Pupils 'missing out' on poetry in primary schools

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Primary schools in the UK have “limited poetry book stock” and there are “many barriers” to the teaching of poetry, with a majority of teachers feeling that they don’t have enough knowledge about poetry or experience of teaching it to do so, research has found.

According to a report in the Guardian, a survey by the Centre for Literacy in Primary Education (CLPE) and Macmillan Children’s Books found poetry is read aloud less than once a week in 93% of primary schools. In nearly 20% of schools, children never have the opportunity to hear a poem read aloud. While 77% of teachers said that they taught poetry at least once per school term, the survey found that nearly a quarter of schools teach poetry only once a year or less, partly due to a lack of training and support for teachers.

The research is the first major look at poetry in primary schools since Poetry in Schools by Ofsted in 2007. CLPE and Macmillan’s research asked teachers – with responses primarily from England, but also a small number from Wales, Scotland, Northern Ireland and internationally – about their experience of teaching poetry, including their attitudes to it, how much they know about poets and anthologies and how it is incorporated into a teaching day.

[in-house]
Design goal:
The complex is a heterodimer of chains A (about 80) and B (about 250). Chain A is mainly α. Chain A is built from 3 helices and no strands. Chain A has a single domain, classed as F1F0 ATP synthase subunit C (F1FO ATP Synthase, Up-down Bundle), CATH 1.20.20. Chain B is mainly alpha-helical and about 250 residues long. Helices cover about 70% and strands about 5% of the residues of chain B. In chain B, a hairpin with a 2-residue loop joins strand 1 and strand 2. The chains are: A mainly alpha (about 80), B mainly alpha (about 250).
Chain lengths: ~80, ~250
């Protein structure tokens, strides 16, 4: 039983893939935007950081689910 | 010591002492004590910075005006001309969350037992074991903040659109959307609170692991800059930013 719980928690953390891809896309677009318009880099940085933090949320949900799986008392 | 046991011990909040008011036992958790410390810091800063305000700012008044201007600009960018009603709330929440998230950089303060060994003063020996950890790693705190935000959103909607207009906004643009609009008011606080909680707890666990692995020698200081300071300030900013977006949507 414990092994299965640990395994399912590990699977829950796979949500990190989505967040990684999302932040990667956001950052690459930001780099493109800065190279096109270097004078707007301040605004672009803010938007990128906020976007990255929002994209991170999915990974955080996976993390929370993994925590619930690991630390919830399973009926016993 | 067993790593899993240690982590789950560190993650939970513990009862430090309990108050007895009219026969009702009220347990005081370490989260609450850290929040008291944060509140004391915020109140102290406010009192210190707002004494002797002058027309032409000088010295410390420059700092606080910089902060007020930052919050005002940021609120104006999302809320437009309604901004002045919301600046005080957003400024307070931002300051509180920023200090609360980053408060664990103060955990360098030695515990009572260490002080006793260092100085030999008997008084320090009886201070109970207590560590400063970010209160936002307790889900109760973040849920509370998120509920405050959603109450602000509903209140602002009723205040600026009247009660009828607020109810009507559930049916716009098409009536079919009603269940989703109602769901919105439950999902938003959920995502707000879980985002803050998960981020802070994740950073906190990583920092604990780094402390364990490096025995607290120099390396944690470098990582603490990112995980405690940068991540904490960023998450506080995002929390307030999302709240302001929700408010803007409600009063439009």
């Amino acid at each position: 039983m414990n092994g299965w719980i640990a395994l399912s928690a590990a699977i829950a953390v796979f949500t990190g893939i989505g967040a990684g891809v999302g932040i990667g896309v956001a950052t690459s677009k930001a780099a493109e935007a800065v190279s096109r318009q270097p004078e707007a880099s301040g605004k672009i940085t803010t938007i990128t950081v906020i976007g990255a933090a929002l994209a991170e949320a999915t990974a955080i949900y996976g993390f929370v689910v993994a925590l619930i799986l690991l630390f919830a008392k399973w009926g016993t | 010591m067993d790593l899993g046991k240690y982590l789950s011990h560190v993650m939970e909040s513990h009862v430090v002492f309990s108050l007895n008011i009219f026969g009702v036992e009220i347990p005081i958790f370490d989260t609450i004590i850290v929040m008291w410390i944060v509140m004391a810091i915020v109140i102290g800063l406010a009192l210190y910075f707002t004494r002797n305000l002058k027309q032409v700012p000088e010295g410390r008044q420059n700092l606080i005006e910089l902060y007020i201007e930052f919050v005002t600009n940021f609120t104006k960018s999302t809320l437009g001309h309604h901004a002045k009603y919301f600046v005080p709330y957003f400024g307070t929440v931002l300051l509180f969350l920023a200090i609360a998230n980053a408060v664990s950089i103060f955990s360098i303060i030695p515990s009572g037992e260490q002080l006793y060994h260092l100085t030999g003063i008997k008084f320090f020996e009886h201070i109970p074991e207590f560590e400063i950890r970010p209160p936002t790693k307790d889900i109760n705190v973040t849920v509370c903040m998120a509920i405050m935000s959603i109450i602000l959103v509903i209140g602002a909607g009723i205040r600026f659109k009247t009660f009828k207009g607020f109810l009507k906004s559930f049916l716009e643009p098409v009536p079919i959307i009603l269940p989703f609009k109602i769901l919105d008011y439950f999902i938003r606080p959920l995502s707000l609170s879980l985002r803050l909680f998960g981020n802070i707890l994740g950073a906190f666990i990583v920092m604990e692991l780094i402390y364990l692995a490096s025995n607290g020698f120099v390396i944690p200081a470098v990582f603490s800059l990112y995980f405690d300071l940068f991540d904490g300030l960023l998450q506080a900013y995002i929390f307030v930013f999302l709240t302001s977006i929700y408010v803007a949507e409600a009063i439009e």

The research found that teachers’ knowledge of children’s poets had “not moved on” in the 16 years since the Ofsted report. Only current Waterstones Children’s Laureate Joseph Coelho, Valerie Bloom and Julia Donaldson are new additions in this survey; the other poets named by teachers – Michael Rosen, Benjamin Zephaniah, Spike Milligan, Roger McGough, Roald Dahl and Allan Ahlberg – were all also named in the 2007 survey. “Many of the poets mentioned were poets that teachers would have been likely to encounter in their own schooling,” the survey found.

The most well-known poem by teachers was Chocolate Cake by Michael Rosen, as performed by him on YouTube.

One former primary school headteacher said she was “very surprised” by the findings of the survey. She added: “I would count nursery rhymes as poetry, and I’m sure there isn’t a reception class in the country that doesn’t read out nursery rhymes to its pupils.”

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Uilleam Ó Ceallaigh

Thu 16th Mar 2023 11:00

So, primary schools in the UK have “limited poetry book stock” and there are “many barriers” to the teaching of poetry...surprise, surprise!

Given the attacks on the Humanities funding over the last few decades...the knock on effect will be an even more "limited poetry book stock", and even more barriers to the teaching of poetry especially if the politically correct Poetry Thought Police continue to have their way.


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